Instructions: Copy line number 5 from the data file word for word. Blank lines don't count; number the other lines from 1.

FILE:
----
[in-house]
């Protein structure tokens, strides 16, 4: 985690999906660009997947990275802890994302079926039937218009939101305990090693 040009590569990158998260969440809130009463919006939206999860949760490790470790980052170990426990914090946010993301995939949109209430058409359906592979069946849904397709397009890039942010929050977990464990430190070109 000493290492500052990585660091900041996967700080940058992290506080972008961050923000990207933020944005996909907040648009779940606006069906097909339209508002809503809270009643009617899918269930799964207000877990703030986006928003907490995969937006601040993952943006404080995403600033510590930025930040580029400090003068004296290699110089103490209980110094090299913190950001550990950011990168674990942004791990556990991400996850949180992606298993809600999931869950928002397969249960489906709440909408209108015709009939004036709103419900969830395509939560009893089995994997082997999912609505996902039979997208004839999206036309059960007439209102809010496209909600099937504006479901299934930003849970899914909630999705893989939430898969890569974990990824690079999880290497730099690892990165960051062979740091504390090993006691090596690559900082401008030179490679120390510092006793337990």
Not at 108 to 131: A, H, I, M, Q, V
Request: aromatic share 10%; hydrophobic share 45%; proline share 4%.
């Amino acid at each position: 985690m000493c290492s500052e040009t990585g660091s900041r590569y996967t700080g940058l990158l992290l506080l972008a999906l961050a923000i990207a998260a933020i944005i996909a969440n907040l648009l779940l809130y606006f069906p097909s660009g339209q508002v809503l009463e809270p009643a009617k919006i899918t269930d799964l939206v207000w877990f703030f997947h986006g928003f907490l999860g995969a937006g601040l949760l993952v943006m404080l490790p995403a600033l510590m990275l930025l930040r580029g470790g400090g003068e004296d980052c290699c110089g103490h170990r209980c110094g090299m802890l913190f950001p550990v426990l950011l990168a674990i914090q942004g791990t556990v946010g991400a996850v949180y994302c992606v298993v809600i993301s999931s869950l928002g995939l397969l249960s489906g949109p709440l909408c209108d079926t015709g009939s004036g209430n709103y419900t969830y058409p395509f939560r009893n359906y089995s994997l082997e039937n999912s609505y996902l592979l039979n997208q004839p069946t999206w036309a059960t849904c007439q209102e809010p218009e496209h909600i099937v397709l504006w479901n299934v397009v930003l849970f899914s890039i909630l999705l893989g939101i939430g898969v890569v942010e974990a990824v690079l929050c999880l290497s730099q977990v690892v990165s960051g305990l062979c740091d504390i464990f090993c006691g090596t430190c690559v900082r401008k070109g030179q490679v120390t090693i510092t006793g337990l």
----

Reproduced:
């Amino acid at each position: 985690m000493c290492s500052e040009t990585g660091s900041r590569y996967t700080g940058l990158l992290l506080l972008a999906l961050a923000i990207a998260a933020i944005i996909a969440n907040l648009l779940l809130y606006f069906p097909s660009g339209q508002v809503l009463e809270p009643a009617k919006i899918t269930d799964l939206v207000w877990f703030f997947h986006g928003f907490l999860g995969a937006g601040l949760l993952v943006m404080l490790p995403a600033l510590m990275l930025l930040r580029g470790g400090g003068e004296d980052c290699c110089g103490h170990r209980c110094g090299m802890l913190f950001p550990v426990l950011l990168a674990i914090q942004g791990t556990v946010g991400a996850v949180y994302c992606v298993v809600i993301s999931s869950l928002g995939l397969l249960s489906g949109p709440l909408c209108d079926t015709g009939s004036g209430n709103y419900t969830y058409p395509f939560r009893n359906y089995s994997l082997e039937n999912s609505y996902l592979l039979n997208q004839p069946t999206w036309a059960t849904c007439q209102e809010p218009e496209h909600i099937v397709l504006w479901n299934v397009v930003l849970f899914s890039i909630l999705l893989g939101i939430g898969v890569v942010e974990a990824v690079l929050c999880l290497s730099q977990v690892v990165s960051g305990l062979c740091d504390i464990f090993c006691g090596t430190c690559v900082r401008k070109g030179q490679v120390t090693i510092t006793g337990l």